ME/CFS-like symptoms from dietary mercury; improved with heavy metal removal med

Improved chronic fatigue symptoms after removal of mercury in patient with increased mercury concentration in hair toxic mineral assay: a case
– Source: Korean Journal of Family Medicine, Sep 2012

By Sae-Ron Shin, A-Lum Han

[Note: The full text of this article, demonstrating the potential impact of chronic mercury intake in the diet (in this case from fish), is available free here. The mercury removal strategy the doctors employed in this case was “a dietary medication designed to remove heavy metals…containing…zinc oxide, magnesium oxide, calcium, and L-cysteine.”]

Clinical manifestations of chronic exposure to organic mercury usually have a gradual onset. As the primary target is the nervous system, chronic mercury exposure can cause symptoms such as fatigue, weakness, headache, and poor recall and concentration. In severe cases chronic exposure leads to intellectual deterioration and neurologic abnormality.

Recent outbreaks of bovine spongiform encephalopathy and pathogenic avian influenza have increased fish consumption in Korea. Methyl-mercury, a type of organic mercury, is present in higher than normal ranges in the general Korean population.

When we examine a patient with chronic fatigue, we assess his/her methyl-mercury concentrations in the body if environmental exposure such as excessive fish consumption is suspected.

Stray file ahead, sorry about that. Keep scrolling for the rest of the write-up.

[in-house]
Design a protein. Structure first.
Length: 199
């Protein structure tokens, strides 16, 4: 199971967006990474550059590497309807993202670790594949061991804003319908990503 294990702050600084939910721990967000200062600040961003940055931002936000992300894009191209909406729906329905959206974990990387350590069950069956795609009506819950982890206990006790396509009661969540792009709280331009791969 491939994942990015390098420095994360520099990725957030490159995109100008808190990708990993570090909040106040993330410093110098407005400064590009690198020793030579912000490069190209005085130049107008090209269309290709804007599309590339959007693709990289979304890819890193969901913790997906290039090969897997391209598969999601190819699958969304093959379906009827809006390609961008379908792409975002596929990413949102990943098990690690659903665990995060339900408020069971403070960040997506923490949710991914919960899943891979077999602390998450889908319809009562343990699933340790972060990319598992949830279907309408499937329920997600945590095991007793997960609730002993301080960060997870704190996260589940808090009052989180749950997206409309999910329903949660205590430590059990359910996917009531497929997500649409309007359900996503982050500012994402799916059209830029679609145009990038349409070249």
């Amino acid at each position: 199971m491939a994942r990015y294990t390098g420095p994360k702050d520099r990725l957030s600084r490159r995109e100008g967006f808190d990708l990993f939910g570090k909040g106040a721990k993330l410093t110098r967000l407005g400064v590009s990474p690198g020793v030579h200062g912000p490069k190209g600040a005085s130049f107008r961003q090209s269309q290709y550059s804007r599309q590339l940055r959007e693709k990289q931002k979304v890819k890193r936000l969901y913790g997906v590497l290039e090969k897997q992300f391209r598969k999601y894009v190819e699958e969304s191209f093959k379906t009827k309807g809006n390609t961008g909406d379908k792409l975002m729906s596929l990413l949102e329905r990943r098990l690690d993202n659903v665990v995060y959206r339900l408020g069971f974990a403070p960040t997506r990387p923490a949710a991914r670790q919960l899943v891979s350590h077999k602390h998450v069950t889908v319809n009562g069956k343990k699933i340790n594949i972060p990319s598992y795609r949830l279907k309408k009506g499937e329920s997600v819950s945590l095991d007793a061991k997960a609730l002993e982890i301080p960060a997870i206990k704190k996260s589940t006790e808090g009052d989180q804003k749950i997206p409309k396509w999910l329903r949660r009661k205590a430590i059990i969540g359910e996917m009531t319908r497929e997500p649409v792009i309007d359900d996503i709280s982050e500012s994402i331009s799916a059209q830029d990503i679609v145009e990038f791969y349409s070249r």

In the current case, we learned the patient had consumed many slices of raw tuna and was initially diagnosed with chronic fatigue syndrome. Therefore, we suspected that he was

• Exposed to methyl-mercury and

• That the mercury concentration in his hair would be below the poisoning level identified by World Health Organization,

• But above the normal range according to hair toxic mineral assay.

Our patient’s toxic chronic fatigue symptoms improved after he was given mercury removal therapy, indicating that he was correctly diagnosed with chronic exposure to organic mercury.

Source: Korean Journal of Family Medicine, Sep 2012;33(5):320-5. PMID:23115707, by Shin SR, Han AL. Department of Family Medicine, Wonkwang University College of Medicine, Iksan, Korea.

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